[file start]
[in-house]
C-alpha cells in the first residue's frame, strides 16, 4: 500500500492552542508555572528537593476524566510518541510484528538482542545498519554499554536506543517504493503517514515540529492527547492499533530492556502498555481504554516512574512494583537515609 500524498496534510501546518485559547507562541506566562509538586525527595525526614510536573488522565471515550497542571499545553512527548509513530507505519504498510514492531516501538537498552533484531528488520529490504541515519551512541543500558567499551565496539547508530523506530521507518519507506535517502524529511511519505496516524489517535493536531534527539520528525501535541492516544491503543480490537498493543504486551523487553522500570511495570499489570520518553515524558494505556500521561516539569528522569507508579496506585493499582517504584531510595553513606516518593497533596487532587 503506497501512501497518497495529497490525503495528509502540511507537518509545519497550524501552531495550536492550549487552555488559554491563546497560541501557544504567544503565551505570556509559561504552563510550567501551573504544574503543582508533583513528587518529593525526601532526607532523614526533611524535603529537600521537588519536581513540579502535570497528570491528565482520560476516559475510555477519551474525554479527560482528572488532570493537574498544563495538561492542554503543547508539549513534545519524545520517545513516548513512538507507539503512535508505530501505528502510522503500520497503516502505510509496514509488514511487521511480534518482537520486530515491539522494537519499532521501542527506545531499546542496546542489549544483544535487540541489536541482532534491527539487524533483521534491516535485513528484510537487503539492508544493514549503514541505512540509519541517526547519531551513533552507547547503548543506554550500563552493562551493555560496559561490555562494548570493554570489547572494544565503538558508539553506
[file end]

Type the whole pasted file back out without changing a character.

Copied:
[in-house]
C-alpha cells in the first residue's frame, strides 16, 4: 500500500492552542508555572528537593476524566510518541510484528538482542545498519554499554536506543517504493503517514515540529492527547492499533530492556502498555481504554516512574512494583537515609 500524498496534510501546518485559547507562541506566562509538586525527595525526614510536573488522565471515550497542571499545553512527548509513530507505519504498510514492531516501538537498552533484531528488520529490504541515519551512541543500558567499551565496539547508530523506530521507518519507506535517502524529511511519505496516524489517535493536531534527539520528525501535541492516544491503543480490537498493543504486551523487553522500570511495570499489570520518553515524558494505556500521561516539569528522569507508579496506585493499582517504584531510595553513606516518593497533596487532587 503506497501512501497518497495529497490525503495528509502540511507537518509545519497550524501552531495550536492550549487552555488559554491563546497560541501557544504567544503565551505570556509559561504552563510550567501551573504544574503543582508533583513528587518529593525526601532526607532523614526533611524535603529537600521537588519536581513540579502535570497528570491528565482520560476516559475510555477519551474525554479527560482528572488532570493537574498544563495538561492542554503543547508539549513534545519524545520517545513516548513512538507507539503512535508505530501505528502510522503500520497503516502505510509496514509488514511487521511480534518482537520486530515491539522494537519499532521501542527506545531499546542496546542489549544483544535487540541489536541482532534491527539487524533483521534491516535485513528484510537487503539492508544493514549503514541505512540509519541517526547519531551513533552507547547503548543506554550500563552493562551493555560496559561490555562494548570493554570489547572494544565503538558508539553506